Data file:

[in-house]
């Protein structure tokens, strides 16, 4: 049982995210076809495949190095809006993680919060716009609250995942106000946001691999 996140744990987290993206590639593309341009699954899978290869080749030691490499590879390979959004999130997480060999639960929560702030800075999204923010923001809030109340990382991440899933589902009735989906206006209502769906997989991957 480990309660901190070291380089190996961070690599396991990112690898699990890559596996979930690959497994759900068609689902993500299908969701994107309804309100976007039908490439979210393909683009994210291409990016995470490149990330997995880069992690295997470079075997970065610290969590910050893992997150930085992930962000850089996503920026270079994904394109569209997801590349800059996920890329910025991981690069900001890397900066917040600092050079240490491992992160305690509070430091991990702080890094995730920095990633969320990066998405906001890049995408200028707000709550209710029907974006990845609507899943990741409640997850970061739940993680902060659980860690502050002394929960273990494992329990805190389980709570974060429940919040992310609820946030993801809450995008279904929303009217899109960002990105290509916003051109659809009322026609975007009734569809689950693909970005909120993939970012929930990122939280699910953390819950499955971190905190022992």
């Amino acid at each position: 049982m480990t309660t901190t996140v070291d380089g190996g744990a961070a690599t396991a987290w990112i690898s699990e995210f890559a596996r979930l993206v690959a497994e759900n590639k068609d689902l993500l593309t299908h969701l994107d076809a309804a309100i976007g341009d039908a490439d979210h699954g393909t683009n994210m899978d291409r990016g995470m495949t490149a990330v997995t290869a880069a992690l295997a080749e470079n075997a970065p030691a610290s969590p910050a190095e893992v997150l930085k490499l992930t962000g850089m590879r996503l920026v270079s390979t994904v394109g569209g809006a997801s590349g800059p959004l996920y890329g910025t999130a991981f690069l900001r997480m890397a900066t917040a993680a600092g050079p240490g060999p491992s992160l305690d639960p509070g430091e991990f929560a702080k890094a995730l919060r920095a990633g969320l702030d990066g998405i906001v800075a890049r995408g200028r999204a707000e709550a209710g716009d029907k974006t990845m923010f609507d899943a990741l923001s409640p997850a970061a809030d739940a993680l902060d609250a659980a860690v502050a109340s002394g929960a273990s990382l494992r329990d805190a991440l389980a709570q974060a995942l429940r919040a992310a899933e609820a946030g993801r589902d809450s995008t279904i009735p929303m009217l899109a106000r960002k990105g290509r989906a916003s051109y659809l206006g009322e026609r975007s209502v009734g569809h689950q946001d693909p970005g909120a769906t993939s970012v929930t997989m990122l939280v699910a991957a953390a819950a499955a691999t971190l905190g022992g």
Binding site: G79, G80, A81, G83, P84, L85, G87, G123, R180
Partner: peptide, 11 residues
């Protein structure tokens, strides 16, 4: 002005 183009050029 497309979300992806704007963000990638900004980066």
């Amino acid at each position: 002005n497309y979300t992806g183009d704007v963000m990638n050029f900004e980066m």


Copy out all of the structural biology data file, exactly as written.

[in-house]
């Protein structure tokens, strides 16, 4: 049982995210076809495949190095809006993680919060716009609250995942106000946001691999 996140744990987290993206590639593309341009699954899978290869080749030691490499590879390979959004999130997480060999639960929560702030800075999204923010923001809030109340990382991440899933589902009735989906206006209502769906997989991957 480990309660901190070291380089190996961070690599396991990112690898699990890559596996979930690959497994759900068609689902993500299908969701994107309804309100976007039908490439979210393909683009994210291409990016995470490149990330997995880069992690295997470079075997970065610290969590910050893992997150930085992930962000850089996503920026270079994904394109569209997801590349800059996920890329910025991981690069900001890397900066917040600092050079240490491992992160305690509070430091991990702080890094995730920095990633969320990066998405906001890049995408200028707000709550209710029907974006990845609507899943990741409640997850970061739940993680902060659980860690502050002394929960273990494992329990805190389980709570974060429940919040992310609820946030993801809450995008279904929303009217899109960002990105290509916003051109659809009322026609975007009734569809689950693909970005909120993939970012929930990122939280699910953390819950499955971190905190022992």
């Amino acid at each position: 049982m480990t309660t901190t996140v070291d380089g190996g744990a961070a690599t396991a987290w990112i690898s699990e995210f890559a596996r979930l993206v690959a497994e759900n590639k068609d689902l993500l593309t299908h969701l994107d076809a309804a309100i976007g341009d039908a490439d979210h699954g393909t683009n994210m899978d291409r990016g995470m495949t490149a990330v997995t290869a880069a992690l295997a080749e470079n075997a970065p030691a610290s969590p910050a190095e893992v997150l930085k490499l992930t962000g850089m590879r996503l920026v270079s390979t994904v394109g569209g809006a997801s590349g800059p959004l996920y890329g910025t999130a991981f690069l900001r997480m890397a900066t917040a993680a600092g050079p240490g060999p491992s992160l305690d639960p509070g430091e991990f929560a702080k890094a995730l919060r920095a990633g969320l702030d990066g998405i906001v800075a890049r995408g200028r999204a707000e709550a209710g716009d029907k974006t990845m923010f609507d899943a990741l923001s409640p997850a970061a809030d739940a993680l902060d609250a659980a860690v502050a109340s002394g929960a273990s990382l494992r329990d805190a991440l389980a709570q974060a995942l429940r919040a992310a899933e609820a946030g993801r589902d809450s995008t279904i009735p929303m009217l899109a106000r960002k990105g290509r989906a916003s051109y659809l206006g009322e026609r975007s209502v009734g569809h689950q946001d693909p970005g909120a769906t993939s970012v929930t997989m990122l939280v699910a991957a953390a819950a499955a691999t971190l905190g022992g």
Binding site: G79, G80, A81, G83, P84, L85, G87, G123, R180
Partner: peptide, 11 residues
């Protein structure tokens, strides 16, 4: 002005 183009050029 497309979300992806704007963000990638900004980066």
């Amino acid at each position: 002005n497309y979300t992806g183009d704007v963000m990638n050029f900004e980066m």